SEYMOUR, Ind. — Of course one shouldn't jump to conclusions talking to friendly voters in one small homogeneous community.
But in this south-central Indiana town where voter after voter casually dismisses the possibility of America electing a black president and in a week where Barack Obama's longtime pastor and friend is all over airwaves, it feels like a consequential shift has occurred in the Democratic primary.
Hillary Rodham Clinton's longshot bid to overtake Obama for the nomination suddenly seems not so far-fetched. But more clear, and sad, is the sense that this presidential race is now doomed to be mired in race, that Obama's promise to bridge racial divisions may be shattered.
"How did we get from point A to point B?" Mary Ann Pardieck, a law firm administrator and Obama supporter in Seymour, glumly asked Tuesday.
"Point A was this wonderful, hopeful period around Iowa when it seemed like we could get beyond all that," she said. "Now we've progressed into this morass. The campaign has degenerated into these conversations I don't want to be having and which I don't think are helpful to the country."
Clearly front-runner Obama understands he is at a perilous point in the campaign, with the Rev. Jeremiah Wright doing a media blitz that helped promote the damaging and growing narrative that Obama can't win crucial working-class white voters.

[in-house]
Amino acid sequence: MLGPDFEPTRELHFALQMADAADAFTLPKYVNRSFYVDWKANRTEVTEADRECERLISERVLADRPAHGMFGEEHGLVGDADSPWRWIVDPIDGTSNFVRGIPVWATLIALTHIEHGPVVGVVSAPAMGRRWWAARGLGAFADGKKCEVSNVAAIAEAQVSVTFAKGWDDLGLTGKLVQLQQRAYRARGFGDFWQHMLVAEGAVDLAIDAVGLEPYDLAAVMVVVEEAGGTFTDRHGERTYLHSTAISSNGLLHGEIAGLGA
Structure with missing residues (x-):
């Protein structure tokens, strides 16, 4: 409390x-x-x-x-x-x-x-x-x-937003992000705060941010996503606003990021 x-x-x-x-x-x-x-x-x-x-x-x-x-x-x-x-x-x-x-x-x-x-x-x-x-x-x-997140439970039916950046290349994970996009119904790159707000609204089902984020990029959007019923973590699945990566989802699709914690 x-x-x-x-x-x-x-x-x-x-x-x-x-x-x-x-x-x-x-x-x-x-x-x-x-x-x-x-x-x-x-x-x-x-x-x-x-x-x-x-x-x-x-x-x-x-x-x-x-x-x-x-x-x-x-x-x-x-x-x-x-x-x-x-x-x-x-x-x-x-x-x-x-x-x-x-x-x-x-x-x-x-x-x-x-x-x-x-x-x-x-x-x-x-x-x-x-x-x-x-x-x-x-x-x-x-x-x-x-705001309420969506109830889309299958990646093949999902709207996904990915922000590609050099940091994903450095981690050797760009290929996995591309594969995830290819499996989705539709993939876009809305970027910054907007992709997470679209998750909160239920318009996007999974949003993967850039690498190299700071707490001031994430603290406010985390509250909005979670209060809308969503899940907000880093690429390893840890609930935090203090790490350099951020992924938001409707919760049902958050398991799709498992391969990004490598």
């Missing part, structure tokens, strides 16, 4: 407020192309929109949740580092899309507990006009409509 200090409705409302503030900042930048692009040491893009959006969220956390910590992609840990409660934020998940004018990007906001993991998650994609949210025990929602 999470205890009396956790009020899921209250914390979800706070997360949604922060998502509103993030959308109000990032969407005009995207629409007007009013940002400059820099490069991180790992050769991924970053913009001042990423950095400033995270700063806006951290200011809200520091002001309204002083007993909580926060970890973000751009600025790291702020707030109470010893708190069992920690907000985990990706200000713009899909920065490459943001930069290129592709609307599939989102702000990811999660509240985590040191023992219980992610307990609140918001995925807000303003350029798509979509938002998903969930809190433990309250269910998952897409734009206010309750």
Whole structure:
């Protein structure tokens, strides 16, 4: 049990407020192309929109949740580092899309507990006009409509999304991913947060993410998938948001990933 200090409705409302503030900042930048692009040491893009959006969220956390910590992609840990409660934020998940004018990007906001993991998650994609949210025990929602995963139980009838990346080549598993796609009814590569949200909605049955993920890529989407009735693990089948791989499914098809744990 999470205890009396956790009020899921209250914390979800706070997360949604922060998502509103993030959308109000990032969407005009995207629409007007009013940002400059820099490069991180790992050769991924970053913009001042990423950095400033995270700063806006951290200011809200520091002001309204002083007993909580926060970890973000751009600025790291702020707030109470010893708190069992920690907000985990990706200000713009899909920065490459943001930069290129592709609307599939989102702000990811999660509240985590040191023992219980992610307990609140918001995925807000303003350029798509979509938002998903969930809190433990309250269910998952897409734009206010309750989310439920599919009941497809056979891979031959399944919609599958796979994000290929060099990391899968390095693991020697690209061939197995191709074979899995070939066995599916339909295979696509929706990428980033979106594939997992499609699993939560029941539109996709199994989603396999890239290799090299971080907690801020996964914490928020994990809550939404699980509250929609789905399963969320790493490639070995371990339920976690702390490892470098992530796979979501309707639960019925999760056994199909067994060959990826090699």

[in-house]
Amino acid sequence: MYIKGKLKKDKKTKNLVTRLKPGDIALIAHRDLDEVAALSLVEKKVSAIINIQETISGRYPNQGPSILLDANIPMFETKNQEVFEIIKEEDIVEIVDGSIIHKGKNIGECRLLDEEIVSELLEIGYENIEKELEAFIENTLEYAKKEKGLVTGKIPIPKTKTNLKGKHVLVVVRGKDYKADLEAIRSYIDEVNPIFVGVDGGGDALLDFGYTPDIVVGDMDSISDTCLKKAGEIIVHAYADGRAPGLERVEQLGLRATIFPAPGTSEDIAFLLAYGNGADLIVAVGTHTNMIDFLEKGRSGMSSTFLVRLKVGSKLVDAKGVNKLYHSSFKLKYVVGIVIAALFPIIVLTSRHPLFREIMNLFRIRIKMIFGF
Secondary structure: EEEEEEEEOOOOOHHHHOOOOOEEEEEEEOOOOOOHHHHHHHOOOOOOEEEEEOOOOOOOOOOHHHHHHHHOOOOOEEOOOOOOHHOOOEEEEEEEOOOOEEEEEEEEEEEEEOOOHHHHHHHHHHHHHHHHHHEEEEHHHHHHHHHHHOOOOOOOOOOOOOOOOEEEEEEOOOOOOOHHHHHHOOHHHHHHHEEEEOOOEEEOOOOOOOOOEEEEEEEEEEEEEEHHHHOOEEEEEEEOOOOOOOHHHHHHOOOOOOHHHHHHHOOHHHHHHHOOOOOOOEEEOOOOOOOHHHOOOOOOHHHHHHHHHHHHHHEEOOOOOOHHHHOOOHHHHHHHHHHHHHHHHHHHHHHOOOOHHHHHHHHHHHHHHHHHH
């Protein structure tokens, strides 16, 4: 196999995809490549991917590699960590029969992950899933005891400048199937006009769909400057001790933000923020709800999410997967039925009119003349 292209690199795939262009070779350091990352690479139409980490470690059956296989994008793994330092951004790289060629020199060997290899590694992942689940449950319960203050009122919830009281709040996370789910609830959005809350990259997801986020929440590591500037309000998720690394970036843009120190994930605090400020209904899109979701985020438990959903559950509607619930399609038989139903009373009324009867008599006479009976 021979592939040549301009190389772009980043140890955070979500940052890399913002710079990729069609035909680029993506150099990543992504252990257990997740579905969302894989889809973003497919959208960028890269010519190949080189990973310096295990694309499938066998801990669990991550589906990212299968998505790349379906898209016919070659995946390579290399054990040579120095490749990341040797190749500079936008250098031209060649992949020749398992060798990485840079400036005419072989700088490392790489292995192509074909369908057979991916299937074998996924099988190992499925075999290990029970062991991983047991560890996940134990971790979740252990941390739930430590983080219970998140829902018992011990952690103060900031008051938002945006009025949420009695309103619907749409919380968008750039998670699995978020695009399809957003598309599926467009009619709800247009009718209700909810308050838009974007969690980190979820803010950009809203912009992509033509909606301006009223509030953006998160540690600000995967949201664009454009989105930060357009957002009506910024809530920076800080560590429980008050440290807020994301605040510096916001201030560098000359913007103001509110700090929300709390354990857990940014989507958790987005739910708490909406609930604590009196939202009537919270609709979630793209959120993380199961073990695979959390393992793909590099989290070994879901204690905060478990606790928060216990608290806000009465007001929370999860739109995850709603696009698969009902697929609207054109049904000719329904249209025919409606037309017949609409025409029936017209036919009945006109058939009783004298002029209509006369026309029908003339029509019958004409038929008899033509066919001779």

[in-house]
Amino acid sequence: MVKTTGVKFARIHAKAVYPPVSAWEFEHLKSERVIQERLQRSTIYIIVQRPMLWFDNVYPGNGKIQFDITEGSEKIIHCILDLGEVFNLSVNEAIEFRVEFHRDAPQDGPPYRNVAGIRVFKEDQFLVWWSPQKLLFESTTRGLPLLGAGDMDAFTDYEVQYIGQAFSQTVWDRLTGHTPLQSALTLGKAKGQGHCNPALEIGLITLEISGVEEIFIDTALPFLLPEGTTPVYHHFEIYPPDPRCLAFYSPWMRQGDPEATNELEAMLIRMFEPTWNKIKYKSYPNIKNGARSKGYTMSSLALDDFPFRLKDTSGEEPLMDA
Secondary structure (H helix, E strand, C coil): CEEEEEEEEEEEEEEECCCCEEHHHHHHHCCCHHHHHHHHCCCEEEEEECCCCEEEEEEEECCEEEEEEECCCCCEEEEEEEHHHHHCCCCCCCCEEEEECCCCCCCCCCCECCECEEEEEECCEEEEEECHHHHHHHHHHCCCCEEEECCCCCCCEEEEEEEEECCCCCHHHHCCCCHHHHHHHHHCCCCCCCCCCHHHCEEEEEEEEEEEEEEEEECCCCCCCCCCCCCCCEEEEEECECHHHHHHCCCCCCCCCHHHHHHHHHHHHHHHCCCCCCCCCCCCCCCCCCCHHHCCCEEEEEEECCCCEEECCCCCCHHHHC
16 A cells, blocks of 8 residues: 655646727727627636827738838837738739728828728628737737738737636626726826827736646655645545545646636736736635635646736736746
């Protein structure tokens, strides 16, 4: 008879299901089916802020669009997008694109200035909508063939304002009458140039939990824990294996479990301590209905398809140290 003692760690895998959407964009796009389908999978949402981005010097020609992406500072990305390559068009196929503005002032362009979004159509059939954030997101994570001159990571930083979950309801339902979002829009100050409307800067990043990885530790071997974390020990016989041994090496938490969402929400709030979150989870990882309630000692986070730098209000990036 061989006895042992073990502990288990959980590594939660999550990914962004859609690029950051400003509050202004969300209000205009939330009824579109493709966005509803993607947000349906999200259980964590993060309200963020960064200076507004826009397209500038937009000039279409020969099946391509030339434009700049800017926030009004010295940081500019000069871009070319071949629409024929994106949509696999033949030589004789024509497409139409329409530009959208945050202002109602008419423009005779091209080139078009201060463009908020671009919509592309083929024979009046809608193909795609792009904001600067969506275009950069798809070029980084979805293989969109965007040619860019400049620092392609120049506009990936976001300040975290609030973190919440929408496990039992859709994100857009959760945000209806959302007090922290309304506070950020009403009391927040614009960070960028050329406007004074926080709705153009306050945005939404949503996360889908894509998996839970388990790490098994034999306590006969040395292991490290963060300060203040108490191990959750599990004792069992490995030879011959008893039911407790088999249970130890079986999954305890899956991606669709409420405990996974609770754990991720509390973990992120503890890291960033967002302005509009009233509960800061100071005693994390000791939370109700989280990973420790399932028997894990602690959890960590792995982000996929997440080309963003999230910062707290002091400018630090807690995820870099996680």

A day after brusquely dismissing Wright's comments before the National Press Club, the Illinois senator stepped before the cameras Tuesday to give a longer, full-throated denunciation.
"I am outraged by the comments that were made and saddened by the spectacle that we saw yesterday," Obama said at a news conference in Winston-Salem, N.C.
Wright on Monday in Washington variously hailed the Rev. Louis Farrakhan, suggested the government may be responsible for spreading AIDS, said critics of him are attacking the African-American church, and implied that Obama might share those views even if he can't admit it for political reasons.
On Tuesday, Obama said: "I have been a member of Trinity United Church of Christ since 1992 and have known Reverend Wright for 20 years. The person I saw yesterday was not the person that I met 20 years ago.
"What I think particularly angered me was his suggestion somehow that my previous denunciation of his remarks were somehow political posturing. Anybody who knows me and anybody who knows what I'm about knows that I am about trying to bridge gaps and I see the commonality in all people."
Clinton received a badly needed burst of momentum last week when she handily beat Obama in Pennsylvania. If she defies expectations and wins Indiana and comes close to Obama in North Carolina, we'll know Obama is really damaged.
Ultimately the nomination will require uncommitted superdelegates to decide the best nominee for the party, and Obama needs to knock down the notion that he can't win over the kind of middle-class white voters that Democrats will need in November.
Indiana is unlikely to be in play in November, but Seymour, the place where rocker John "I was born in a small town" Mellencamp was born, is the kind of working-class, white community where Obama has often struggled to gain traction.
"Barack Obama will get some votes here, but in this city you'll find much more support for Hillary — and for McCain," said coffee shop employee Rob Malone, 31, an enthusiastic Clinton backer. "A lot of people,'' he lowered his voice, "aren't ready for a black president."
Margaret Hensley, an ardent Democrat from Seymour, lamented that Obama's background would make him much easier for McCain to beat.
"I'm scared to death that if he were elected there will be a shooting or a riot," she said.
Such sentiments are common in Seymour. Obama can only hope that cutting off his ties to Rev. Wright keeps them from spreading too far.
Adam C. Smith can be reached